We identified a class of dihydropyridine-derived calcium channel antagonists that increase SSPN reporter activity. Treatment of skeletal muscle cells with L-type calcium channel antagonists increases SSPN gene and protein expression, suggesting that endogenous SSPN gene activity is calcium sensitive. In cardiac and smooth muscle, L-type calcium channel antagonists interact directly with dihydropyridine receptors (DHPR) to reduce calcium movement through the channel and are used clinically to treat hypertension, regulate heart rate, and address chest pain. In skeletal muscle, DHPR are concentrated in the transverse (T)-tubules and are key regulators of excitation-contraction coupling. Upon depolarization along the T-tubules, DHPR activates the ryanodine receptor to release calcium from the sarcoplasmic reticulum to the cytosol, which facilitates the interaction between actin and myosin required for muscle contraction. DHPR forms a complex with an ATP release channel (pannexin 1), an ATP receptor (P2 purinoreceptor 2), caveolin-3, and dystrophin that is proposed to be involved in the excitation-transcription coupling, a calcium and ATP-sensitive regulation of gene expression [45]. In preclinical studies of dystrophic rodents, treatment with L-type calcium channel blocker nifedipine led to an increase in fiber diameter and muscle function and a decrease in serum creatine kinase levels [46, 47]. Multiple studies in human subjects show no improvement in disease outcome with long-term calcium channel antagonist treatment (for review, [48, 49]). However, calcium dysregulation is a hallmark feature in DMD and recent evidence points to a functional interplay between ion channels and adhesion complexes, indicating that calcium regulation is an important therapeutic target (for review, [48, 49]).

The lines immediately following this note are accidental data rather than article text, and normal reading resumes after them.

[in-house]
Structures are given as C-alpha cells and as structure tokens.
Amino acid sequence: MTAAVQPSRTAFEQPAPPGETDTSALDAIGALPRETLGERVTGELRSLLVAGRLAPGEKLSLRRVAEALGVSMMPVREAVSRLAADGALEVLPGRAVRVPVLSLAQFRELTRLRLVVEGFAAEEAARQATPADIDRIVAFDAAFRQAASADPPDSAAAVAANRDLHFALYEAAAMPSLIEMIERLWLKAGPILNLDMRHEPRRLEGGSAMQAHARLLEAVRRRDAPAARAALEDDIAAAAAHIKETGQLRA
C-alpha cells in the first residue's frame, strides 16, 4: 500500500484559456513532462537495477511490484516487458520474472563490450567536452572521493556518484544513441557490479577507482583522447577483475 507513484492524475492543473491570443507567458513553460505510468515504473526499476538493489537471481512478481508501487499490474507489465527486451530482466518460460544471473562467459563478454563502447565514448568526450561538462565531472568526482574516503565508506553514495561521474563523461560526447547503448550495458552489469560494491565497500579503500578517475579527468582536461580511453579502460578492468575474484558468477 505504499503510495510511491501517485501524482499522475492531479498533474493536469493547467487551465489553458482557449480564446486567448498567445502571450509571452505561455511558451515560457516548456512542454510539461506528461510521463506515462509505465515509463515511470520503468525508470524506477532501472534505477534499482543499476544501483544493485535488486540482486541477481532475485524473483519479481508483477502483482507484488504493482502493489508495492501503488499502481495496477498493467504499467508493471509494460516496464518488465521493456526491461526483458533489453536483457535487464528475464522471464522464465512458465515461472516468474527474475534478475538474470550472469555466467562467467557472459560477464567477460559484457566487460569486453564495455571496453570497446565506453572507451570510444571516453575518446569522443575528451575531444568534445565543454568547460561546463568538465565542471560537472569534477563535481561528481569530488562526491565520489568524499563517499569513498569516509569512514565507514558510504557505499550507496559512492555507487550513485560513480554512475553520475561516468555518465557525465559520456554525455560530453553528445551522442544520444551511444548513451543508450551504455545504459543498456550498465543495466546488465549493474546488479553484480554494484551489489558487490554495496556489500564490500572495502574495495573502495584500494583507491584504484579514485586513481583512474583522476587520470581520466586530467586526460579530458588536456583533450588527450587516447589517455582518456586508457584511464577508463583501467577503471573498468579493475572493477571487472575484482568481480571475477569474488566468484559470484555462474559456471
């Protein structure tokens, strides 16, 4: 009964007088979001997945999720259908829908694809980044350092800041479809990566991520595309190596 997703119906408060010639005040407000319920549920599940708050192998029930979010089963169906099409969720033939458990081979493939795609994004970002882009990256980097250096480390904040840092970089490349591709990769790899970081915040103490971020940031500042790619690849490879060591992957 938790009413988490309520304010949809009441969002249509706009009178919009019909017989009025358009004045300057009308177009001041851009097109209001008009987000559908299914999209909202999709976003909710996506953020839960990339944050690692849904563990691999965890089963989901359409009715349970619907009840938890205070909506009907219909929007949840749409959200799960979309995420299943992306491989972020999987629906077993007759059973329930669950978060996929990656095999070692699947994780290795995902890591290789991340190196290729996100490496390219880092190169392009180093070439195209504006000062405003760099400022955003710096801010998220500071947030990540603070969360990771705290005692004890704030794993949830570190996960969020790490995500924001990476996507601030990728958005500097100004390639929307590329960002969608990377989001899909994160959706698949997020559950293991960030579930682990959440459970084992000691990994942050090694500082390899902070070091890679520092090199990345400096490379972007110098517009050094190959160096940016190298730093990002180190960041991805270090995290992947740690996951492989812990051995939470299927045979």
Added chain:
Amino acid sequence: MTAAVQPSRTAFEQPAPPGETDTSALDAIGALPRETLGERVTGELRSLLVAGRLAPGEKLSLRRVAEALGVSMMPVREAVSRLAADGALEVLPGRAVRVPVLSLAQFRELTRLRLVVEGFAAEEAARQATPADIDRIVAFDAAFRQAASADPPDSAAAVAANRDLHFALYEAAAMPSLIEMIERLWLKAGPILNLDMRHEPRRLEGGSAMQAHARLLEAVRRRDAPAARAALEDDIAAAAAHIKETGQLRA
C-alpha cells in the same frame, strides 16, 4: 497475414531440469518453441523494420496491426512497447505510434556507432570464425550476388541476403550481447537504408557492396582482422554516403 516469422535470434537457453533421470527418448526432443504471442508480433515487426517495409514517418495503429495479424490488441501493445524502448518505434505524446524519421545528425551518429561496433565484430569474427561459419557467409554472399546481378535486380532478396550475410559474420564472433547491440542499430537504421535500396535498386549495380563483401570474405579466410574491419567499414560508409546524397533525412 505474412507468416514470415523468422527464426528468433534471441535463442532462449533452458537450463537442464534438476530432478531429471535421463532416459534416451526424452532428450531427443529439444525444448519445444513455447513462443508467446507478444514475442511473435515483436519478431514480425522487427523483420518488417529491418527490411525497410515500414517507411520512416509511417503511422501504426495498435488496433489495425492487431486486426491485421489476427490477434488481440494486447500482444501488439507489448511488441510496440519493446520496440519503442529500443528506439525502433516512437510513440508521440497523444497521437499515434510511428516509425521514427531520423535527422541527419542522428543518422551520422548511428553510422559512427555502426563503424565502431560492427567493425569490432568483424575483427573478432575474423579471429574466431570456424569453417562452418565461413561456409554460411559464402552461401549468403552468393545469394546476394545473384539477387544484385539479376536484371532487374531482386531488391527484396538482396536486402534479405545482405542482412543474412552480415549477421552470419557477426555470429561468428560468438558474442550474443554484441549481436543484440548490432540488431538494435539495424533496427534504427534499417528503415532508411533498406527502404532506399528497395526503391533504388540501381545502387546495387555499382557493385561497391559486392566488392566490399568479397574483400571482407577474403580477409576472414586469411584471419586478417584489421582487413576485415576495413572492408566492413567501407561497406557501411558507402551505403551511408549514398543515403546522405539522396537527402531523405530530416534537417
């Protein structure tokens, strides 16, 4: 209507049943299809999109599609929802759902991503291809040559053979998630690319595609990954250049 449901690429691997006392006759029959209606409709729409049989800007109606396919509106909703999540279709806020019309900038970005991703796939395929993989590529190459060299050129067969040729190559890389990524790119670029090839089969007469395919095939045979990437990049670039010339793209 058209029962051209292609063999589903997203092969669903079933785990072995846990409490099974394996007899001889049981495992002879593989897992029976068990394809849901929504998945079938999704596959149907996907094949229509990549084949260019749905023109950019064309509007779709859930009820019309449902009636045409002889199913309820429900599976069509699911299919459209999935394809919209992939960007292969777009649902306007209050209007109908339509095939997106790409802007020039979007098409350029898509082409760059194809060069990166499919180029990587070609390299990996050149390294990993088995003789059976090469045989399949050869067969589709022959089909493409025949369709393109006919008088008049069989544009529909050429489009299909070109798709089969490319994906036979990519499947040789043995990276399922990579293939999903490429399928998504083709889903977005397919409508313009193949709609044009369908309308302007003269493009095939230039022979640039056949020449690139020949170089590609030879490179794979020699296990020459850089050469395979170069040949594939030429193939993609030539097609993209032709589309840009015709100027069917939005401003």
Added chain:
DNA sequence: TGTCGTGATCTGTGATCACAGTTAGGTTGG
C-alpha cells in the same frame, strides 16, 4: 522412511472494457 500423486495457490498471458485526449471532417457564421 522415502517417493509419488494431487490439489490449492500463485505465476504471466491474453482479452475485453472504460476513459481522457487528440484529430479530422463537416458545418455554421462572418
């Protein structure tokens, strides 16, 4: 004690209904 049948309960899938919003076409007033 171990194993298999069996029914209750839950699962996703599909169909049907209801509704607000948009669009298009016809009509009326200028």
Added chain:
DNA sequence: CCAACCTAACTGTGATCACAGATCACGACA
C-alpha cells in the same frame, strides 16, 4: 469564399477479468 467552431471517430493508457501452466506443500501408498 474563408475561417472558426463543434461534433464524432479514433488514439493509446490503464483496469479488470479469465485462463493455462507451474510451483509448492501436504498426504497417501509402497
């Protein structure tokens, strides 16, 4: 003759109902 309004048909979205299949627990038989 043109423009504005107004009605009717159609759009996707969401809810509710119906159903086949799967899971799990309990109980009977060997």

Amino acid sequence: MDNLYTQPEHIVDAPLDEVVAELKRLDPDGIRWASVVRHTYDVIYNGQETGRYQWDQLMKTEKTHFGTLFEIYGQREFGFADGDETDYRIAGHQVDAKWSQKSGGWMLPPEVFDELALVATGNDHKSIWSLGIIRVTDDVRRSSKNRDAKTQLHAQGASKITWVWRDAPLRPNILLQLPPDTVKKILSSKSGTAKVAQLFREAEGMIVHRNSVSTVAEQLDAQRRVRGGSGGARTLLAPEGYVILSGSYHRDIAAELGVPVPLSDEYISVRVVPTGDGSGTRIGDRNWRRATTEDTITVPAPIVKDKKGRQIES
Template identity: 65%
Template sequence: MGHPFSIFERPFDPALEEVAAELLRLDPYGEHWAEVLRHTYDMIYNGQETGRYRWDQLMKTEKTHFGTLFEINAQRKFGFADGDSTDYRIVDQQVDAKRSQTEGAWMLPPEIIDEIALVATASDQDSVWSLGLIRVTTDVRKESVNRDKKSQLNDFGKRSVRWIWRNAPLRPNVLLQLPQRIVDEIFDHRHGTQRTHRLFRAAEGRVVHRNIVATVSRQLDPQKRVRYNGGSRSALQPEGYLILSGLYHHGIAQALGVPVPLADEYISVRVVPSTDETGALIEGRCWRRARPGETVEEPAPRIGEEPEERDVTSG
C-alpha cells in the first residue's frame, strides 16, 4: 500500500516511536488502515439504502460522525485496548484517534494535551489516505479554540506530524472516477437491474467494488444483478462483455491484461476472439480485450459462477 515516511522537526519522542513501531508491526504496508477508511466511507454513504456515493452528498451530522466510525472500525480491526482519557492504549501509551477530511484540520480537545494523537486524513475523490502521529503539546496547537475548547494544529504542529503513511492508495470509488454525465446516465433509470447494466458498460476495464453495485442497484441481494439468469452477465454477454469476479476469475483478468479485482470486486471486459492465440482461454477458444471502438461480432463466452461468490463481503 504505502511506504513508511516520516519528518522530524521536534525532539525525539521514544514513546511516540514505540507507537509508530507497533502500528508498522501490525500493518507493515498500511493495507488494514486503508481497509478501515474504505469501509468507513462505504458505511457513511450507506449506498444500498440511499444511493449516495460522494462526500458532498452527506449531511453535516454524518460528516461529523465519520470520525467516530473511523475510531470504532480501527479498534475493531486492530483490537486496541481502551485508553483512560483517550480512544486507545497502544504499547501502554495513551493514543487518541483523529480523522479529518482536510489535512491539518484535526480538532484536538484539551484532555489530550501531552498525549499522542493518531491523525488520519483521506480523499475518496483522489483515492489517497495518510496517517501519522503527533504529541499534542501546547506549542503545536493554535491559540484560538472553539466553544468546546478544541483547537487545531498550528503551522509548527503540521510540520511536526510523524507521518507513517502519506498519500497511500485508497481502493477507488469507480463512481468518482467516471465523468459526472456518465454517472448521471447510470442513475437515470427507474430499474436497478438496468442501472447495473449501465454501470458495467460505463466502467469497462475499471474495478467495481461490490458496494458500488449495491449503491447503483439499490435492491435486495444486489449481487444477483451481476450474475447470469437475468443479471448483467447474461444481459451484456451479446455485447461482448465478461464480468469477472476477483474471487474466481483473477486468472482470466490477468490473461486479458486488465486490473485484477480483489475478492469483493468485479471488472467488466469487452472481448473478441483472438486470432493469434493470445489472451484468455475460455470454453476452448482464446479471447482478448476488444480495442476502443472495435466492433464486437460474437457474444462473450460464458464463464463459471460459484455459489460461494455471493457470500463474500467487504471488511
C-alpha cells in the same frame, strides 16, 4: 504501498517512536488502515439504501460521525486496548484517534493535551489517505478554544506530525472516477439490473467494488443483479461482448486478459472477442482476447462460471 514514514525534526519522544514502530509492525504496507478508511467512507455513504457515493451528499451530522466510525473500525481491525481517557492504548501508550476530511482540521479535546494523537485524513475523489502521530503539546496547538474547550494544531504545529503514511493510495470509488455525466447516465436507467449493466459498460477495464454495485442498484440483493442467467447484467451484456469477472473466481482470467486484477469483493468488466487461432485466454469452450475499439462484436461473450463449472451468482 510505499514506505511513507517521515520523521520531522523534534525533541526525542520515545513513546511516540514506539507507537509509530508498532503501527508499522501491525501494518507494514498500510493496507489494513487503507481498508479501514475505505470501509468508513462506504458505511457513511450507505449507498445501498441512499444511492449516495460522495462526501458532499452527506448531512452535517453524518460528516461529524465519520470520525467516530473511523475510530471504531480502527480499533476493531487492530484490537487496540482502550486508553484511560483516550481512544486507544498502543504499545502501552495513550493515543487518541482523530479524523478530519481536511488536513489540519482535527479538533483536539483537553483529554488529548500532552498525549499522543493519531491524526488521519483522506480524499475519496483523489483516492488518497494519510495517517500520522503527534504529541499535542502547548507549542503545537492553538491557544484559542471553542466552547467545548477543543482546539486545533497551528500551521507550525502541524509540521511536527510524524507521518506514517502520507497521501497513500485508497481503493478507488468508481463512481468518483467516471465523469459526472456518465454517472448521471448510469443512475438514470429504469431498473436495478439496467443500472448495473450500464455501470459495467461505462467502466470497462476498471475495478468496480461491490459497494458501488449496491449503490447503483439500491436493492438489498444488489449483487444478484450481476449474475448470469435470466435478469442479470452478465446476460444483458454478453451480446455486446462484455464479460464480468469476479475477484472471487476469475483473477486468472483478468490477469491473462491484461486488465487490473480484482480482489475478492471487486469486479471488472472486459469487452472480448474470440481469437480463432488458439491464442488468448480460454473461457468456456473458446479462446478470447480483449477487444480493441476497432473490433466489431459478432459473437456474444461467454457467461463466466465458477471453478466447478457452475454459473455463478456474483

In conclusion, we developed and validated a cell-based reporter assay that effectively identifies compounds that enhance SSPN gene and protein expression in wild-type and dystrophin-deficient myotubes. Future studies will be focused on porting our validated assay system to a larger chemical space to identify and develop new chemical entities for the treatment of DMD.

Conclusions

  • Gene expression analysis of individual components of the DGC and UGC revealed an exponential increase in mRNA levels beginning at day 3 of differentiation. During differentiation, SSPN, UTRN, ITGA7, and ITGB1 increase to similar levels (tenfold over myoblast levels). DAG, SCGA, and SCGB increase 50- to 100-fold, while DMD increases up to 1000-fold over myoblast levels.

  • Screening of FDA-approved drug libraries on hSSPN-EGFP murine myotubes revealed enrichment in L-type calcium channel antagonists, indicating a new potential role in calcium regulation of SSPN expression.